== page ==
Periscope House, Norfolk.

This design for an environmentally friendly, affordable family home won planning permission through Paragraph 55 (National Planning Policy Framework), which is relevant for rural areas where only buildings of exceptional design will be approved.

It was built on gently sloping land in rural Norfolk. Architects Studio Bark created a unique upside-down design involving two timber-clad periscope balconies which give views of the nearby valley and River Tud. They also offer fixed passive solar shading, angled to respond to summer and winter sun angles.

The house includes a roof light that can be opened, a passive heating and cooling system, high ceilings, and an open courtyard. In very cold weather, it is heated with a log gasification boiler using firewood. All the site spoil was reused in the landscaping plan, reducing the impact on landfill sites and transport footprint. The Western red cedar cladding was sourced from local woodlands. Periscope House was featured on Grand Designs in 2014 and cost £249,000 to build.

This upside-down house in London was designed by Pitman Tozer Architects to create light-filled living space on the upper floors by relocating the bedrooms to the lower floor. The house retains an existing period façade and replaces a derelict workshop and one-bedroom flat, demolished to build a new contemporary house.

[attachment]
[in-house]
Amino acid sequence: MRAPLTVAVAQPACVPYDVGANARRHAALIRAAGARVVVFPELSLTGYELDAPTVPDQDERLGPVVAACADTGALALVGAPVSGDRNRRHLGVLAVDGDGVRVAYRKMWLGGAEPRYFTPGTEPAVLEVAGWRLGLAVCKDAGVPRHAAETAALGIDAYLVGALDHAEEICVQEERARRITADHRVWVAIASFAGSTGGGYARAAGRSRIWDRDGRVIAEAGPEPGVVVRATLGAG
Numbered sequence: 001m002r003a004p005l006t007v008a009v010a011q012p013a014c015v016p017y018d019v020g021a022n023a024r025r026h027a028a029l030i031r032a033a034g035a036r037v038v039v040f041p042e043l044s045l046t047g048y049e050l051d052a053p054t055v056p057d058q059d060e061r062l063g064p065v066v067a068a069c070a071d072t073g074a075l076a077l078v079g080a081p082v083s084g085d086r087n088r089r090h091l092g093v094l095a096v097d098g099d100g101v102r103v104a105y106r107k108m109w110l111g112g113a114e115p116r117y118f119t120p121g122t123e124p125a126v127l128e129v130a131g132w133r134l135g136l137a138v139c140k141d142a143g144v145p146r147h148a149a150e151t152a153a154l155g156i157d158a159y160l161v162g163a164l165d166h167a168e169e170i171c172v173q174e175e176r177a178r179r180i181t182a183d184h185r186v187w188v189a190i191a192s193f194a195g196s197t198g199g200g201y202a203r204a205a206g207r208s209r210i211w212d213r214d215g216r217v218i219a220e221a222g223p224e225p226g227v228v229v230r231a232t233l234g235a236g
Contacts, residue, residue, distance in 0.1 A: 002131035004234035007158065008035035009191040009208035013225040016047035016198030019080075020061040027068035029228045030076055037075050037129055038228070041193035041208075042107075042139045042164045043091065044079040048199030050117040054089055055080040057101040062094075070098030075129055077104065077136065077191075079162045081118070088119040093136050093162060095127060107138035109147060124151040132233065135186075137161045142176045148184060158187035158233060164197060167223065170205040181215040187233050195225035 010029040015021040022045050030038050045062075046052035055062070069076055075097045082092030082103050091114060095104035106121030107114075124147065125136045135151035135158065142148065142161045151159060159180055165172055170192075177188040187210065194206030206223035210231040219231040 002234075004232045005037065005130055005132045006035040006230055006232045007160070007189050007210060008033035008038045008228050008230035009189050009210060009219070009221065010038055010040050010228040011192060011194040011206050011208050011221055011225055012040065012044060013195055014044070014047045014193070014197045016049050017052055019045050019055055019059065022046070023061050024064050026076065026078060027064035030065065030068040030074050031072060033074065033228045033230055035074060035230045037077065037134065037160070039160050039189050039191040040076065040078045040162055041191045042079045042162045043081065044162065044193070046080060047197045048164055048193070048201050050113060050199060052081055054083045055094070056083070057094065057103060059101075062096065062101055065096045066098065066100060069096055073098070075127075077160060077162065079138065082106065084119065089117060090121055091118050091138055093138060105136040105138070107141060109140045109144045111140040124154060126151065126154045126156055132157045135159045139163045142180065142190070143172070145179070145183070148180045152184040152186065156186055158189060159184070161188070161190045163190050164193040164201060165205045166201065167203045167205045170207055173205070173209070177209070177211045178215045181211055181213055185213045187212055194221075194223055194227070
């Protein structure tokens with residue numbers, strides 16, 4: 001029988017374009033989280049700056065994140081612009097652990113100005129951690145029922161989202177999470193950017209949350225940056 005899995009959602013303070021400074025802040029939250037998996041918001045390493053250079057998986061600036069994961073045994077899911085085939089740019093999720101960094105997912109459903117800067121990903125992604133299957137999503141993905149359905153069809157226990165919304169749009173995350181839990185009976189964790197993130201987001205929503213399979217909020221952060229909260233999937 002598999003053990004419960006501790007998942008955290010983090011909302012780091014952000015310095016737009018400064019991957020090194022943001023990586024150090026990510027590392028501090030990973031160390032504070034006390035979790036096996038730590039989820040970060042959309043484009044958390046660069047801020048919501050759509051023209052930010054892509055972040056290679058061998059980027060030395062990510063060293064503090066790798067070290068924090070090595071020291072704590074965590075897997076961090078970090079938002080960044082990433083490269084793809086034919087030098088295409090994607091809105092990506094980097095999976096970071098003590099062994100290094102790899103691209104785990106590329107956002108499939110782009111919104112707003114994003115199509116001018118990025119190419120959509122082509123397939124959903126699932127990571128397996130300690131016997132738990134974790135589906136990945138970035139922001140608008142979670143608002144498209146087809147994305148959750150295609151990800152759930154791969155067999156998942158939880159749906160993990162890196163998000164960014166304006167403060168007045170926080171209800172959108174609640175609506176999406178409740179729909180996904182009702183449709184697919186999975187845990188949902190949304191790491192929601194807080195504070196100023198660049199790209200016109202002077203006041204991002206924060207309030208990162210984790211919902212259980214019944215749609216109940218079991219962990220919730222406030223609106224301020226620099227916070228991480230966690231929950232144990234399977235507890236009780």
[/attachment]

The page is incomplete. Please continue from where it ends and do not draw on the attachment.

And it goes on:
The kitchen-dining room is connected to the upstairs living room by a glass balustraded open staircase, and the living spaces open to a rear roof terrace. There are two bedrooms and bathrooms, a utility room, and dressing rooms on the lower floor. Lots of glazing between all the levels provides views from front to back and creates a spacious feeling. The loft space was opened up to create a sense of height and a rear brick wall was replaced with glazing overlooking the decked roof terrace.

Designed to take in views towards Edinburgh and the Forth Rail Bridge over the Firth of Forth, this stunning four-bedroom detached house covers 235m2. On the upper floor, there is a large kitchen and family space, including a lounge and dining area. All rooms on this floor have access to a large south-facing balcony, the perfect place to entertain friends and family and take in the views.

On the lower level, there are three en-suite bedrooms and a master bedroom. There is a separate garage with an apartment above, which also enjoys views over the Firth of Forth. The extensive use of glass maximises the views and the amount of sunlight entering the house, creating a bright, contemporary interior. A glass floor in the living area and a timber and glass floating staircase add to the feeling of light in this house designed by Andrew Black Design.

Do you live in an upside-down house?

If so, do you think this is a good way of living?

What is the main advantage of an upside-down house?

Please leave your comments in the box below.